The śuddha alphabet comprises 8 stops, 2 fricatives, 2 affricates, 2 nasals, 2 liquids and 2 glides. Additionally, there are the two graphemes for the retroflex sounds /ɭ/ and /ɳ/, which are not phonemic in modern Sinhala, but which still form part of the set. These are shaded in the table.
The voiceless affricate (ච [t͡ʃa]) is not included in the śuddha set by purists since it does not occur in the main text of the Sidatsan̆garā. The Sidatsan̆garā does use it in examples though, so this sound did exist in Eḷu. In any case, it is needed for the representation of modern Sinhala.
The basic shapes of these consonants carry an inherent /a/ unless this is replaced by another vowel or removed by the hal kirīma.
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Vowels come in two shapes: independent and diacritic. The independent shape is used when a vowel does not follow a consonant, e.g. at the beginning of a word. The diacritic shape is used when a vowel follows a consonant. Depending on the vowel, the diacritic can attach at several places. The diacritic for <i> attaches above the consonant, the diacritic for <u> attaches below, the diacritic for <ā> follows, while the diacritic for <e> precedes. <o> finally is marked by the combination of preceding <e> and following <ā>.
While <a,e,i,o> are regular, the diacritic for <u> takes a different shape according to the consonant it attaches to. The most common one is represented on the image on the right for the consonant ප (p). The k-shape is used for some consonants ending at the lower right corner (ක (k),ග (g), ත(t), but not න(n) or හ(h)). Combinations of ර(r) or ළ(ḷ) with <u> have idiosyncratic shapes.
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The prenasalized consonants resemble their plain counterparts. <m̆b> is made up by the left half of <m> and the right half of <b>, while the other three are just like the grapheme for the stop with a little stroke attached to their left. Vowel diacritics attach in the same way as they would to the corresponding plain stop.
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The Anusvara (often called binduva 'zero' ) is represented by one small circle ං (unicode 0D82), and the Visarga (technically part of the miśra alphabet) by two ඃ (unicode 0D83). The inherent vowel can be removed by a special diacritic, the hal kirīma(්), which varies in shape according to the consonant it attaches to. Both are represented in the image on the right side. The first one is the most common one, while the second one is used for letters ending at the top left corner.
The miśra alphabet is a superset of śuddha. It adds letters for aspirates, retroflexes and sibilants, which are not phonemic in today's Sinhala, but which are necessary to represent non-native words, like loanwords from Sanskrit, Pali or English. The use of the extra letters is mainly a question of prestige. From a purely phonemic point of view, there is no benefit in using them, and they can be replaced by a (sequence of) śuddha letters as follows: For the miśra aspirates, the replacement is the plain śuddha counterpart, for the miśra retroflex liquids the corresponding śuddha coronal liquid, for the sibilants, <s>. ඤ (ñ) and ඥ (gn) cannot be represented by śuddha graphemes, but are only found in less than 10 words each. ෆ fa can be represented by ප pa with a Latin <f> inscribed in the cup.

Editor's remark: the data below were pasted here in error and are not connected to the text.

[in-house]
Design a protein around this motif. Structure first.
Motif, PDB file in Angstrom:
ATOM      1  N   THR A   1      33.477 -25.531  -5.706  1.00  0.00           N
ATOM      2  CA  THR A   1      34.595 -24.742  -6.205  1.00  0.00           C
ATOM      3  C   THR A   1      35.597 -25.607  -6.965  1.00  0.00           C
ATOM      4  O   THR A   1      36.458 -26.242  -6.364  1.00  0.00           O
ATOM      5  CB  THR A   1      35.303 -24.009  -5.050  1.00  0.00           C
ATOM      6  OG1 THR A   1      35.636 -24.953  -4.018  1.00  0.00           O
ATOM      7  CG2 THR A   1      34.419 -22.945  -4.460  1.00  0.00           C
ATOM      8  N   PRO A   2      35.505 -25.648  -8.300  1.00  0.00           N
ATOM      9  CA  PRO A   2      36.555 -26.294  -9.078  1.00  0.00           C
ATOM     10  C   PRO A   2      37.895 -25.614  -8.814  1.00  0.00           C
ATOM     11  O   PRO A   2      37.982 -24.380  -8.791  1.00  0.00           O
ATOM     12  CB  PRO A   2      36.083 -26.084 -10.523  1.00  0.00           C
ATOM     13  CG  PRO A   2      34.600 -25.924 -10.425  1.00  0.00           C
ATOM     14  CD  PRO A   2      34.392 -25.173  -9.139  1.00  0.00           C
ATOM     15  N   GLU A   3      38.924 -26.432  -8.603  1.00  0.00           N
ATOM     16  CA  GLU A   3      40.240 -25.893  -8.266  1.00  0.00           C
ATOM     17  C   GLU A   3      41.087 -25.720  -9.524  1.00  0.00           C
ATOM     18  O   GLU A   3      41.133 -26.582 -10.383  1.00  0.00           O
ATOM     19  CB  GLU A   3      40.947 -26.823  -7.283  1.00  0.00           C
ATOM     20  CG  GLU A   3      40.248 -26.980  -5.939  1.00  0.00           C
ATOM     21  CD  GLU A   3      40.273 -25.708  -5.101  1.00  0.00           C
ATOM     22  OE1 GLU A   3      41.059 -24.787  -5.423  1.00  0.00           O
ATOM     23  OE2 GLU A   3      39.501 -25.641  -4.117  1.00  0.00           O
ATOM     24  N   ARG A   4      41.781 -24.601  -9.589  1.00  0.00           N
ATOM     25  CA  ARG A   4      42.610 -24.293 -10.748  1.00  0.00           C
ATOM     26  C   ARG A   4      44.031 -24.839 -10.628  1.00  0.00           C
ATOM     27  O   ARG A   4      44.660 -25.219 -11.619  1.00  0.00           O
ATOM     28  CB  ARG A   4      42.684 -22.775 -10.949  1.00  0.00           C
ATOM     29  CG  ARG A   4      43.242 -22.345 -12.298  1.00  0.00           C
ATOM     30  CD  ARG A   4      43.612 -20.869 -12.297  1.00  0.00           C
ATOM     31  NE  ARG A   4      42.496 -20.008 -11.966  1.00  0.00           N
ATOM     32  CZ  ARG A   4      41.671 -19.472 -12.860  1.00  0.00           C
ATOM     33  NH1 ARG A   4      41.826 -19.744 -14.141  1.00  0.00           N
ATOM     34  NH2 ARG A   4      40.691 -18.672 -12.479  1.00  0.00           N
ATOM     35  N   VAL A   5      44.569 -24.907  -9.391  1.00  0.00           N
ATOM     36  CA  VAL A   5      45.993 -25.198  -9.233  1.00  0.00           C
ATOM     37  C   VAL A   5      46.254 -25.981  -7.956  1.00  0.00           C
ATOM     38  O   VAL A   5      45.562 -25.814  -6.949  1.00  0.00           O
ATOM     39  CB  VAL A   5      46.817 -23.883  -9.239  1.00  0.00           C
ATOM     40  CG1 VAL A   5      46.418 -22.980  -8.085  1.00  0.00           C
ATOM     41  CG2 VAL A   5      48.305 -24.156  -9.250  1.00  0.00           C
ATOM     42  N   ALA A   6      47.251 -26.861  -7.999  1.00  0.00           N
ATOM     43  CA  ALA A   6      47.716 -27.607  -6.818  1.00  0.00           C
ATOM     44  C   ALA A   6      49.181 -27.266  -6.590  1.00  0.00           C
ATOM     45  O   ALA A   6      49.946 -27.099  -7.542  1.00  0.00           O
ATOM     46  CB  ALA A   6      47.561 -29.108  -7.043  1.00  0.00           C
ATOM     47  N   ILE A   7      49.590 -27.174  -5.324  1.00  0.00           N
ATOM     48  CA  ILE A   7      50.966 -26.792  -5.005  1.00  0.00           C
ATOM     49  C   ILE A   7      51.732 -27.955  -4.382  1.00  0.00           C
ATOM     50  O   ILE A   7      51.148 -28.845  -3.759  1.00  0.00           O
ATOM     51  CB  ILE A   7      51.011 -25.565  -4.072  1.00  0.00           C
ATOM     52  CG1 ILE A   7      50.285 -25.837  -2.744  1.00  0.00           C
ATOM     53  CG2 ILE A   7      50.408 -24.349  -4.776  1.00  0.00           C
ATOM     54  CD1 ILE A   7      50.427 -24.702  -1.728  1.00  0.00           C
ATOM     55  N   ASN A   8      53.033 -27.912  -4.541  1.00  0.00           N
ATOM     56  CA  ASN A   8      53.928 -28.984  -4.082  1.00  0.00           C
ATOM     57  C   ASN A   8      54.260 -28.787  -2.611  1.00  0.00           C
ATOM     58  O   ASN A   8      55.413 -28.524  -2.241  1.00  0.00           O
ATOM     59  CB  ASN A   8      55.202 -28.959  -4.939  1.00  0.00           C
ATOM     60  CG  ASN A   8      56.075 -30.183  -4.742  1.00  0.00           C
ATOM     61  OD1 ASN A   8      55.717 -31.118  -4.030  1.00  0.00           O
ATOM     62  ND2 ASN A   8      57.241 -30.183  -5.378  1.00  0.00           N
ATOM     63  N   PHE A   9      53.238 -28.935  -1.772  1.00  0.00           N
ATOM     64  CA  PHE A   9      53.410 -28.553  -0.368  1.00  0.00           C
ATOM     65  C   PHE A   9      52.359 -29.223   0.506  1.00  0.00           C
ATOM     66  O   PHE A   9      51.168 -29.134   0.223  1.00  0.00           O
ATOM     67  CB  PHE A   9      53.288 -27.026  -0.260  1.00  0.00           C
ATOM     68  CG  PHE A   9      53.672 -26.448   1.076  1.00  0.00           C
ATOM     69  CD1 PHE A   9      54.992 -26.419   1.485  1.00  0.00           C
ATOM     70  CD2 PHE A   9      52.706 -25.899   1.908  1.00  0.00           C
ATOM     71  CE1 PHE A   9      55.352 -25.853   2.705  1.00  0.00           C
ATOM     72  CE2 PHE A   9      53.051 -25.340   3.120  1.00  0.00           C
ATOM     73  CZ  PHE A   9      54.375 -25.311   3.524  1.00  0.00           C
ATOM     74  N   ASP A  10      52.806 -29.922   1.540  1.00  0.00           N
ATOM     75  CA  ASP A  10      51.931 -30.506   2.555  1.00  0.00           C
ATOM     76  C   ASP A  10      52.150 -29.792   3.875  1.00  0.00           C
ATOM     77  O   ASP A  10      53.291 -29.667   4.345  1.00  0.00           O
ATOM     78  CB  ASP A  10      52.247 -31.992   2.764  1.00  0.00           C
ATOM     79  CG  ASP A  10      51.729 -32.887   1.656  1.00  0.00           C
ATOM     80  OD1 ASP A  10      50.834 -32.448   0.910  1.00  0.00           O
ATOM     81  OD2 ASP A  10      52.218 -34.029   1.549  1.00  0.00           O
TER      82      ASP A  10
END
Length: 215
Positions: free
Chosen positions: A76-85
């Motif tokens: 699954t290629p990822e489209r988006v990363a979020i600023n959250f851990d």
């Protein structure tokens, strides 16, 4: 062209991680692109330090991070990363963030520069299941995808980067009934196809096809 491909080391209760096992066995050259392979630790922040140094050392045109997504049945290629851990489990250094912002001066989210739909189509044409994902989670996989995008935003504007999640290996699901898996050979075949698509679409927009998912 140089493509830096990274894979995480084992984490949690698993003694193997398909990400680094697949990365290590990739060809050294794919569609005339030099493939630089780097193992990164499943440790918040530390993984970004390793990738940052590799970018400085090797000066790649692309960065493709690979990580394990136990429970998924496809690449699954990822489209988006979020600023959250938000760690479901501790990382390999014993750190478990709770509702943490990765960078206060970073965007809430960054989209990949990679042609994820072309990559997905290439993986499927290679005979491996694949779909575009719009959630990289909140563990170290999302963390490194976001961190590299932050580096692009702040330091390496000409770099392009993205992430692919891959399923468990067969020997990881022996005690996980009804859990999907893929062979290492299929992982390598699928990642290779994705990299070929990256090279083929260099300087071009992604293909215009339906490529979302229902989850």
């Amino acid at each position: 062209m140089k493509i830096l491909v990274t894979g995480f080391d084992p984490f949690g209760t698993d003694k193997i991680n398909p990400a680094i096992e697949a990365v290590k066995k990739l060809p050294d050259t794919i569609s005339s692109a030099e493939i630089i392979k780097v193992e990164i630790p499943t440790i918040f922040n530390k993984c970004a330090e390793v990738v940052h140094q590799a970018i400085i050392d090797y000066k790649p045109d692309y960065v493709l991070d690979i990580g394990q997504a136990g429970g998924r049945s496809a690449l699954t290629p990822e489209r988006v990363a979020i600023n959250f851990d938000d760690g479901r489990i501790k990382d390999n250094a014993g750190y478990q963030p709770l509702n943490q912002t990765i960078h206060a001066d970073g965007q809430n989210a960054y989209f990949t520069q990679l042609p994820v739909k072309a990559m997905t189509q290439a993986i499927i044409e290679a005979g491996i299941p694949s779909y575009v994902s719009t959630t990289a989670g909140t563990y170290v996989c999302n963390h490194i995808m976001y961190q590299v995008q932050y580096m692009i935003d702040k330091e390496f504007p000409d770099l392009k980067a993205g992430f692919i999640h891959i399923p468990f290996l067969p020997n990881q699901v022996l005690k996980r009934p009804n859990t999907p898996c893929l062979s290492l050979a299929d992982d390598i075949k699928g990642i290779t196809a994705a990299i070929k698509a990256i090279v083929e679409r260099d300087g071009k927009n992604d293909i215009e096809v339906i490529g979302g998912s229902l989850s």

|Extra miśra stops|
|Other additional miśra graphemes|
|aspirate affricates||ඡ||0DA1||cha||[t͡ʃa]||ඣ||0DA3||jha||[d͡ʒa]||aspirate affricates|
|other||ඞ||0D9E||ṅa||[ŋa]||ෆ||0DC6||fa||[fa, ɸa, pa]||other|
|other||ඦ||0DA6||n̆ja||[nd͡ʒa]||fප||n/a||fa||[fa, ɸa, pa]||other|
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There are six additional vocalic diacritics in the miśra alphabet. The two diphthongs are quite common, while the syllabic ṛ is much rarer, and the syllabic ḷ is all but obsolete. They are almost exclusively found in loanwords from Sanskrit.
The miśra <ṛ> can be also be written with śuddha <r>+<u> or <u>+<r>, which corresponds to the actual pronunciation. The miśra syllabic <ḷ> is obsolete, but can be rendered by śuddha <l>+<i>. Miśra <au> is rendered as śuddha <awu>, miśra <ai> as śuddha <ayi>.
|syllabic r||ඍ||0D8D||ṛ||[ur]||ෘ||0DD8||ṛ||[ru, ur]||ඎ||0D8E||ṝ||[ruː]||ෲ||0DF2||ṝ||[ruː, uːr]||syllabic r|
|syllabic l||ඏ||0D8F||ḷ||[li]||ෟ||0DDF||ḷ||[li]||ඐ||0D90||ḹ||[liː]||ෳ||0DF3||ḹ||[liː]||syllabic l|